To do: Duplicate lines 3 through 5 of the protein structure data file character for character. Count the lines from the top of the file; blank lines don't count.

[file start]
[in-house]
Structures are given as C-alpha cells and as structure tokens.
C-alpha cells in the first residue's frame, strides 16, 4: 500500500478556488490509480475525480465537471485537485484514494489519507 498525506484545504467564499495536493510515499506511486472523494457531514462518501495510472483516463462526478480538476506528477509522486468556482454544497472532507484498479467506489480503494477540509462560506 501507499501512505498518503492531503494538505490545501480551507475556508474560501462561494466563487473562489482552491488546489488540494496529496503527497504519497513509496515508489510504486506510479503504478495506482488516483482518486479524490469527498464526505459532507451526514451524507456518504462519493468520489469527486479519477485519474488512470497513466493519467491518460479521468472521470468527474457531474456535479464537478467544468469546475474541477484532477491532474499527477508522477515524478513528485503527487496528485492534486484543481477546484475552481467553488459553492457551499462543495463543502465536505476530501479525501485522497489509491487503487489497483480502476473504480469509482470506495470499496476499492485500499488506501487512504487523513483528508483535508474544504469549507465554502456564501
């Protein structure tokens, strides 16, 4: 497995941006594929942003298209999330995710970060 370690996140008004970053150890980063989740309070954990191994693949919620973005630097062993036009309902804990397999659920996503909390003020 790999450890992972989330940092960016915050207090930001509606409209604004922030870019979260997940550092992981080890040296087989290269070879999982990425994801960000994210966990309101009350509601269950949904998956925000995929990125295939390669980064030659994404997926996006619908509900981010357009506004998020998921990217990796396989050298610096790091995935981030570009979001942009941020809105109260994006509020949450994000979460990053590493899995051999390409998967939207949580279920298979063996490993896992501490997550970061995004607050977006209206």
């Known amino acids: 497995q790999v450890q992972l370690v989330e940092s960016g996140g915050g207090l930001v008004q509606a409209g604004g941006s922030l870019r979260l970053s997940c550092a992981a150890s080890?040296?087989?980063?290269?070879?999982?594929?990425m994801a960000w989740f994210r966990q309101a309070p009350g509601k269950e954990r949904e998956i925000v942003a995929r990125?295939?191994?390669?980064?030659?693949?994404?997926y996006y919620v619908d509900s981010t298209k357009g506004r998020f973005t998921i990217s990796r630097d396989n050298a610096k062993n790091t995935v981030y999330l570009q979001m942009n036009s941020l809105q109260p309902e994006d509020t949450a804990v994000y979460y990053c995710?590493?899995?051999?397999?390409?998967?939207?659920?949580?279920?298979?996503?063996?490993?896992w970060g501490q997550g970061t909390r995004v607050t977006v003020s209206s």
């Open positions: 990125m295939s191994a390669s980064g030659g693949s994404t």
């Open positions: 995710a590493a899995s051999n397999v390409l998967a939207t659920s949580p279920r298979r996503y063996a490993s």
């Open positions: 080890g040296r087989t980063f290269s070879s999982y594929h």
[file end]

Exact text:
C-alpha cells in the first residue's frame, strides 16, 4: 500500500478556488490509480475525480465537471485537485484514494489519507 498525506484545504467564499495536493510515499506511486472523494457531514462518501495510472483516463462526478480538476506528477509522486468556482454544497472532507484498479467506489480503494477540509462560506 501507499501512505498518503492531503494538505490545501480551507475556508474560501462561494466563487473562489482552491488546489488540494496529496503527497504519497513509496515508489510504486506510479503504478495506482488516483482518486479524490469527498464526505459532507451526514451524507456518504462519493468520489469527486479519477485519474488512470497513466493519467491518460479521468472521470468527474457531474456535479464537478467544468469546475474541477484532477491532474499527477508522477515524478513528485503527487496528485492534486484543481477546484475552481467553488459553492457551499462543495463543502465536505476530501479525501485522497489509491487503487489497483480502476473504480469509482470506495470499496476499492485500499488506501487512504487523513483528508483535508474544504469549507465554502456564501
């Protein structure tokens, strides 16, 4: 497995941006594929942003298209999330995710970060 370690996140008004970053150890980063989740309070954990191994693949919620973005630097062993036009309902804990397999659920996503909390003020 790999450890992972989330940092960016915050207090930001509606409209604004922030870019979260997940550092992981080890040296087989290269070879999982990425994801960000994210966990309101009350509601269950949904998956925000995929990125295939390669980064030659994404997926996006619908509900981010357009506004998020998921990217990796396989050298610096790091995935981030570009979001942009941020809105109260994006509020949450994000979460990053590493899995051999390409998967939207949580279920298979063996490993896992501490997550970061995004607050977006209206």
């Known amino acids: 497995q790999v450890q992972l370690v989330e940092s960016g996140g915050g207090l930001v008004q509606a409209g604004g941006s922030l870019r979260l970053s997940c550092a992981a150890s080890?040296?087989?980063?290269?070879?999982?594929?990425m994801a960000w989740f994210r966990q309101a309070p009350g509601k269950e954990r949904e998956i925000v942003a995929r990125?295939?191994?390669?980064?030659?693949?994404?997926y996006y919620v619908d509900s981010t298209k357009g506004r998020f973005t998921i990217s990796r630097d396989n050298a610096k062993n790091t995935v981030y999330l570009q979001m942009n036009s941020l809105q109260p309902e994006d509020t949450a804990v994000y979460y990053c995710?590493?899995?051999?397999?390409?998967?939207?659920?949580?279920?298979?996503?063996?490993?896992w970060g501490q997550g970061t909390r995004v607050t977006v003020s209206s």